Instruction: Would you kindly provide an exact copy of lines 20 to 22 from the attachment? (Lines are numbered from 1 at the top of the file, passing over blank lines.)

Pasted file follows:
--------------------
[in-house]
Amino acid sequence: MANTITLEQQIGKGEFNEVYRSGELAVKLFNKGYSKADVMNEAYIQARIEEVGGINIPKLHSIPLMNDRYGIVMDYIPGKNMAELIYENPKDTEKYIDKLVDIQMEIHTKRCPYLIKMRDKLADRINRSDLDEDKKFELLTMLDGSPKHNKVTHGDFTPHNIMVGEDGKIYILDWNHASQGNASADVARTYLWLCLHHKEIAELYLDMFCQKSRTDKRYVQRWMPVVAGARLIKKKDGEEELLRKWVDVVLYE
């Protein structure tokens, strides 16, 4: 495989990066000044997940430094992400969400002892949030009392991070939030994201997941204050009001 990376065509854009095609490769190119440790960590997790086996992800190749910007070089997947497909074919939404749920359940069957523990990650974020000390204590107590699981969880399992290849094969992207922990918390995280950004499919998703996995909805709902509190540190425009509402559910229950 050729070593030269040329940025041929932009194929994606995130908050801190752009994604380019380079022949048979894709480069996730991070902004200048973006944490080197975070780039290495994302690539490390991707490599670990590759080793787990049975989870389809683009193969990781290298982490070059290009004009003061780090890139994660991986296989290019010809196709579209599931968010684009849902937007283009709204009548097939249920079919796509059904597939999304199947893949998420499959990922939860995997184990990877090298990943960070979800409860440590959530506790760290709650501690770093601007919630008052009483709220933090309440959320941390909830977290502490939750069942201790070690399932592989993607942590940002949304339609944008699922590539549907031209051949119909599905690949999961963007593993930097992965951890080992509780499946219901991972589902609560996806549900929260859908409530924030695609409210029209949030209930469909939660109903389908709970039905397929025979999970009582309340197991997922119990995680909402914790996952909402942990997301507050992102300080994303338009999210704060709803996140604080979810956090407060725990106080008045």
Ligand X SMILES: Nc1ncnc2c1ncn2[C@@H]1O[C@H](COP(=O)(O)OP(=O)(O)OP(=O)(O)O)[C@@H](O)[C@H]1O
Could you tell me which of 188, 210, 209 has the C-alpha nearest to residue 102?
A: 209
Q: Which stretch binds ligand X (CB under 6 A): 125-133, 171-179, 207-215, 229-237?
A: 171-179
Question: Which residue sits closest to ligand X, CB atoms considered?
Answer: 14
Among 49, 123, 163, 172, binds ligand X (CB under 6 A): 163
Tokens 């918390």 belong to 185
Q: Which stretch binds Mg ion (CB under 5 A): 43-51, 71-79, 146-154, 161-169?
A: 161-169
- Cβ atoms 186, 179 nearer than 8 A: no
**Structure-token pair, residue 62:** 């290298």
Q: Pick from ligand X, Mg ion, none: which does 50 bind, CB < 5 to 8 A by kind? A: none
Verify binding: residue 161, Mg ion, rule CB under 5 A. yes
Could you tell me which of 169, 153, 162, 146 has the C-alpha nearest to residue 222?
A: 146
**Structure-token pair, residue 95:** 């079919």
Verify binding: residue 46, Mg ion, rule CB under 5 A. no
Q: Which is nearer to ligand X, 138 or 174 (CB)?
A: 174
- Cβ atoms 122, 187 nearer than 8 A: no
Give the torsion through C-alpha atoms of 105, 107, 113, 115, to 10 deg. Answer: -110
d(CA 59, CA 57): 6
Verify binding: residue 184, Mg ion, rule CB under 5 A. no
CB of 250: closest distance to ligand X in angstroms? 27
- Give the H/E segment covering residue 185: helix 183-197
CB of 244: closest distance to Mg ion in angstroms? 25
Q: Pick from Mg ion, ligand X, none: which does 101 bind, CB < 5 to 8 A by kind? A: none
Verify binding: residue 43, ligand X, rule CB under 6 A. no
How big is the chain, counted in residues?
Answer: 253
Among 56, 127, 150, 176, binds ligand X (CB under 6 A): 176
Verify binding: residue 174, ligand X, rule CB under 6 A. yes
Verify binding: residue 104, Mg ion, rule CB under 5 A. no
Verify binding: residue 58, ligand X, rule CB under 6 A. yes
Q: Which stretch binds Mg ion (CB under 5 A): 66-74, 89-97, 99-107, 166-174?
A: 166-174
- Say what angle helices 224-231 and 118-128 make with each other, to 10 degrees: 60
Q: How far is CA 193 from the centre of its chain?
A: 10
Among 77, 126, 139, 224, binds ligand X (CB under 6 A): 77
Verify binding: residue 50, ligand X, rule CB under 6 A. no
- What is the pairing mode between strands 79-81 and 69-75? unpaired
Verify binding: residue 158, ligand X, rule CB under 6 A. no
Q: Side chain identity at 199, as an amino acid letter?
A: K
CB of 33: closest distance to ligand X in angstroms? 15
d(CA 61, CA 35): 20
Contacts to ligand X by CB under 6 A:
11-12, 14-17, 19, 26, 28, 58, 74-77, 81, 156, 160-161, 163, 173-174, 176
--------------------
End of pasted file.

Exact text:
A: 146
**Structure-token pair, residue 95:** 């079919």
Verify binding: residue 46, Mg ion, rule CB under 5 A. no